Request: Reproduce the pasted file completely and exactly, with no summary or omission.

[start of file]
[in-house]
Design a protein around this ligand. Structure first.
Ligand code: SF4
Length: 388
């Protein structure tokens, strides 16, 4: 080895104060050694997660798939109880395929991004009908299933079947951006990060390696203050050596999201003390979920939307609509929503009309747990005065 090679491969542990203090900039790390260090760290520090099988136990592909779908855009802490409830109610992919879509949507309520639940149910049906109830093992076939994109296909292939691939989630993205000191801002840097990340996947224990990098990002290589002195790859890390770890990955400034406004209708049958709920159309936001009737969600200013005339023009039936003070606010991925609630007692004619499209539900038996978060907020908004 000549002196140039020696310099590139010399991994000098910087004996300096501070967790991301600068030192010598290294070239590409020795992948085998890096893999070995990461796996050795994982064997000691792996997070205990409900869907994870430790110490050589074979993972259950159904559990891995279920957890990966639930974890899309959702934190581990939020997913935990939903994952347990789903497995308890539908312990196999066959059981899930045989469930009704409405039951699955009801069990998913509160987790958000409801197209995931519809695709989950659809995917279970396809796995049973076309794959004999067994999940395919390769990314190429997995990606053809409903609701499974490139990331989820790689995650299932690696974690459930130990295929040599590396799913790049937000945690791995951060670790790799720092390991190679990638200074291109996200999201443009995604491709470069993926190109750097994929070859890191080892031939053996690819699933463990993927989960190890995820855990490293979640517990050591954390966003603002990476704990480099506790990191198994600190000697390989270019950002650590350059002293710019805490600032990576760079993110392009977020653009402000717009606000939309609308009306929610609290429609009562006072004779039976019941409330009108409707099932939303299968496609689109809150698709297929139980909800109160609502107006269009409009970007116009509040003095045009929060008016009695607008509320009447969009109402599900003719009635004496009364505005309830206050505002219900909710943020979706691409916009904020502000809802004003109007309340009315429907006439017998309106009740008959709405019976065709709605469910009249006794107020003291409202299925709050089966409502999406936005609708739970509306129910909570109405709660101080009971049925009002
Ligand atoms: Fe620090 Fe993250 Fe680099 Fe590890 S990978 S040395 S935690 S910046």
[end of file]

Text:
[in-house]
Design a protein around this ligand. Structure first.
Ligand code: SF4
Length: 388
């Protein structure tokens, strides 16, 4: 080895104060050694997660798939109880395929991004009908299933079947951006990060390696203050050596999201003390979920939307609509929503009309747990005065 090679491969542990203090900039790390260090760290520090099988136990592909779908855009802490409830109610992919879509949507309520639940149910049906109830093992076939994109296909292939691939989630993205000191801002840097990340996947224990990098990002290589002195790859890390770890990955400034406004209708049958709920159309936001009737969600200013005339023009039936003070606010991925609630007692004619499209539900038996978060907020908004 000549002196140039020696310099590139010399991994000098910087004996300096501070967790991301600068030192010598290294070239590409020795992948085998890096893999070995990461796996050795994982064997000691792996997070205990409900869907994870430790110490050589074979993972259950159904559990891995279920957890990966639930974890899309959702934190581990939020997913935990939903994952347990789903497995308890539908312990196999066959059981899930045989469930009704409405039951699955009801069990998913509160987790958000409801197209995931519809695709989950659809995917279970396809796995049973076309794959004999067994999940395919390769990314190429997995990606053809409903609701499974490139990331989820790689995650299932690696974690459930130990295929040599590396799913790049937000945690791995951060670790790799720092390991190679990638200074291109996200999201443009995604491709470069993926190109750097994929070859890191080892031939053996690819699933463990993927989960190890995820855990490293979640517990050591954390966003603002990476704990480099506790990191198994600190000697390989270019950002650590350059002293710019805490600032990576760079993110392009977020653009402000717009606000939309609308009306929610609290429609009562006072004779039976019941409330009108409707099932939303299968496609689109809150698709297929139980909800109160609502107006269009409009970007116009509040003095045009929060008016009695607008509320009447969009109402599900003719009635004496009364505005309830206050505002219900909710943020979706691409916009904020502000809802004003109007309340009315429907006439017998309106009740008959709405019976065709709605469910009249006794107020003291409202299925709050089966409502999406936005609708739970509306129910909570109405709660101080009971049925009002
Ligand atoms: Fe620090 Fe993250 Fe680099 Fe590890 S990978 S040395 S935690 S910046």